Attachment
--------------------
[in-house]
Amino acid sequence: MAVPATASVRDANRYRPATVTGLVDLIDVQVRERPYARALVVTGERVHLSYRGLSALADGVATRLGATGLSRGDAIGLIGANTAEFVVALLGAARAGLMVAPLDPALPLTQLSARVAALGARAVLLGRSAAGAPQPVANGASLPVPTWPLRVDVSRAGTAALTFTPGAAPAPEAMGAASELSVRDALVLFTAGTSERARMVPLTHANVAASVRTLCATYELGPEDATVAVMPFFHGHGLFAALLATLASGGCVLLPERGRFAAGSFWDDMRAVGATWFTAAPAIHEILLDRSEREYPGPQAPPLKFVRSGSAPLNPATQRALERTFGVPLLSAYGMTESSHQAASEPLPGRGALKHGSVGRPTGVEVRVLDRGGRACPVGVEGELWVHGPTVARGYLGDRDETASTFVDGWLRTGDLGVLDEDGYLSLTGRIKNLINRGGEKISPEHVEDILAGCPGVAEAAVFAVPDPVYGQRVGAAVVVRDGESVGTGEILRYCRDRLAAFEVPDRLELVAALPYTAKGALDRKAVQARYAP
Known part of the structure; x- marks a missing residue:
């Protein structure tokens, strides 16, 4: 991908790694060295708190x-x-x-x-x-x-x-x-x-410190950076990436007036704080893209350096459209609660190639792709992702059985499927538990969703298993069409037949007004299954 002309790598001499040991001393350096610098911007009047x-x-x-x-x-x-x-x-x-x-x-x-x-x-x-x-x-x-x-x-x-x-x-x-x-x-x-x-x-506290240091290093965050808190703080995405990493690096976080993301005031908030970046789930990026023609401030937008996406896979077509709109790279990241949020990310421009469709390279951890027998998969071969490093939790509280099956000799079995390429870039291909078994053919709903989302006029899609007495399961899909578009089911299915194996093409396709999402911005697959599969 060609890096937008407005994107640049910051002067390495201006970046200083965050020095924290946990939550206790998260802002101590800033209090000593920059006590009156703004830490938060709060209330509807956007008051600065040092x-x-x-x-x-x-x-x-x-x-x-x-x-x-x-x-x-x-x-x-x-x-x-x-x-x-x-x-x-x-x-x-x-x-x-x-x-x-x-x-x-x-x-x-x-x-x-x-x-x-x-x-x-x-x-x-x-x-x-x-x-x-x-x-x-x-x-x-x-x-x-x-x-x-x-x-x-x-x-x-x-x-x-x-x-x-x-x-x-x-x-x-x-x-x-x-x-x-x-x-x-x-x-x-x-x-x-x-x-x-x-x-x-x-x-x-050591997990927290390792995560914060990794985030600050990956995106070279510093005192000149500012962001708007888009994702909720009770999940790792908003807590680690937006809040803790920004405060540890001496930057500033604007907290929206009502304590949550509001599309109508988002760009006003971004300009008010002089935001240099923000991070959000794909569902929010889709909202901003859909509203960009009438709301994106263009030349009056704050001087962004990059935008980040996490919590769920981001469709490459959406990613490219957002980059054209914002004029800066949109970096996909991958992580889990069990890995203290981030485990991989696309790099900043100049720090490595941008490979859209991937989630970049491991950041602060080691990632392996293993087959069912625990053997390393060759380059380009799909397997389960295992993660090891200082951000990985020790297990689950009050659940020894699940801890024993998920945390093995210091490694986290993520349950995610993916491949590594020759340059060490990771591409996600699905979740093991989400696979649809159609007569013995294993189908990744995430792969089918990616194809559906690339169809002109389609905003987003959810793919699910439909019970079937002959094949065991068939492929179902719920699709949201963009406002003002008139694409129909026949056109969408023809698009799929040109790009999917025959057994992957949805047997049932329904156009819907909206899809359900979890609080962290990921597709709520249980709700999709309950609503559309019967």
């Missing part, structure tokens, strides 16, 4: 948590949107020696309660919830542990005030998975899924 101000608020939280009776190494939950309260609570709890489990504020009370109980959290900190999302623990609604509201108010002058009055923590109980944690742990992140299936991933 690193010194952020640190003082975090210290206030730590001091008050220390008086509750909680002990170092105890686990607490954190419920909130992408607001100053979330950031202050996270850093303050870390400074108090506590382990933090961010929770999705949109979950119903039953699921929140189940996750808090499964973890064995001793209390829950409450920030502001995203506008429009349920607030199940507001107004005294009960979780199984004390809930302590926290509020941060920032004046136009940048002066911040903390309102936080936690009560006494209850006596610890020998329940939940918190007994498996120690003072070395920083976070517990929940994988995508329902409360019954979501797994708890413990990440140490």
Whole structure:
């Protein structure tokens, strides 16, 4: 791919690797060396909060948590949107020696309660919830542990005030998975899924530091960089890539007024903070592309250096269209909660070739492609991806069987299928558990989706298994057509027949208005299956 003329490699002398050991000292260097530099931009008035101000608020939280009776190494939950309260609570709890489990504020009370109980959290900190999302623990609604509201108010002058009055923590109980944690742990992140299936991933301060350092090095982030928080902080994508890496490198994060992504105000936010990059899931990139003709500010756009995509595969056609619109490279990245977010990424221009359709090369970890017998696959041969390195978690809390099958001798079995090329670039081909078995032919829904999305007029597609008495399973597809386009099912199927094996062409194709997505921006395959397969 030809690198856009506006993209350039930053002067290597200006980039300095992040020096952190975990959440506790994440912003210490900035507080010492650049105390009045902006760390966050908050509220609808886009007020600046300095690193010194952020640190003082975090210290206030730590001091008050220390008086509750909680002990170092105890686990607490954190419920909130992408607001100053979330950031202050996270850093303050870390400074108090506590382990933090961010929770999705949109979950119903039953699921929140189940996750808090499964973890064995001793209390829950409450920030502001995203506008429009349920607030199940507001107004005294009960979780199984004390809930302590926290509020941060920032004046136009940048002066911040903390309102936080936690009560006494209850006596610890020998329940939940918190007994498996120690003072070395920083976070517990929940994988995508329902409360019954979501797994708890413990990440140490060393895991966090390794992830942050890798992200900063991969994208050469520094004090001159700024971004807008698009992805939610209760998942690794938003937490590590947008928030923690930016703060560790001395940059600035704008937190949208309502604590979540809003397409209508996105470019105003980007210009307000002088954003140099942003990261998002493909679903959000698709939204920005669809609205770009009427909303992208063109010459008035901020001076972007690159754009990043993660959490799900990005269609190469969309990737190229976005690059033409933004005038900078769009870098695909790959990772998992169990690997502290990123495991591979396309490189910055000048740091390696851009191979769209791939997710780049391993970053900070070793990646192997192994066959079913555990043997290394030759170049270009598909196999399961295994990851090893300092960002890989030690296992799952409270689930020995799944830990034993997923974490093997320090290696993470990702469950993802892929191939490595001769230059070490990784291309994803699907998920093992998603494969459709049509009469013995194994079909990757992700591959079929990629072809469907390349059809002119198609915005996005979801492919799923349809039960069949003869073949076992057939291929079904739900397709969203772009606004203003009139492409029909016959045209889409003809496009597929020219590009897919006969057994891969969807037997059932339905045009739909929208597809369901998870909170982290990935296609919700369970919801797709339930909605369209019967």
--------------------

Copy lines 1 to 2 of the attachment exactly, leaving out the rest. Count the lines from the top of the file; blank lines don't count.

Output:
[in-house]
Amino acid sequence: MAVPATASVRDANRYRPATVTGLVDLIDVQVRERPYARALVVTGERVHLSYRGLSALADGVATRLGATGLSRGDAIGLIGANTAEFVVALLGAARAGLMVAPLDPALPLTQLSARVAALGARAVLLGRSAAGAPQPVANGASLPVPTWPLRVDVSRAGTAALTFTPGAAPAPEAMGAASELSVRDALVLFTAGTSERARMVPLTHANVAASVRTLCATYELGPEDATVAVMPFFHGHGLFAALLATLASGGCVLLPERGRFAAGSFWDDMRAVGATWFTAAPAIHEILLDRSEREYPGPQAPPLKFVRSGSAPLNPATQRALERTFGVPLLSAYGMTESSHQAASEPLPGRGALKHGSVGRPTGVEVRVLDRGGRACPVGVEGELWVHGPTVARGYLGDRDETASTFVDGWLRTGDLGVLDEDGYLSLTGRIKNLINRGGEKISPEHVEDILAGCPGVAEAAVFAVPDPVYGQRVGAAVVVRDGESVGTGEILRYCRDRLAAFEVPDRLELVAALPYTAKGALDRKAVQARYAP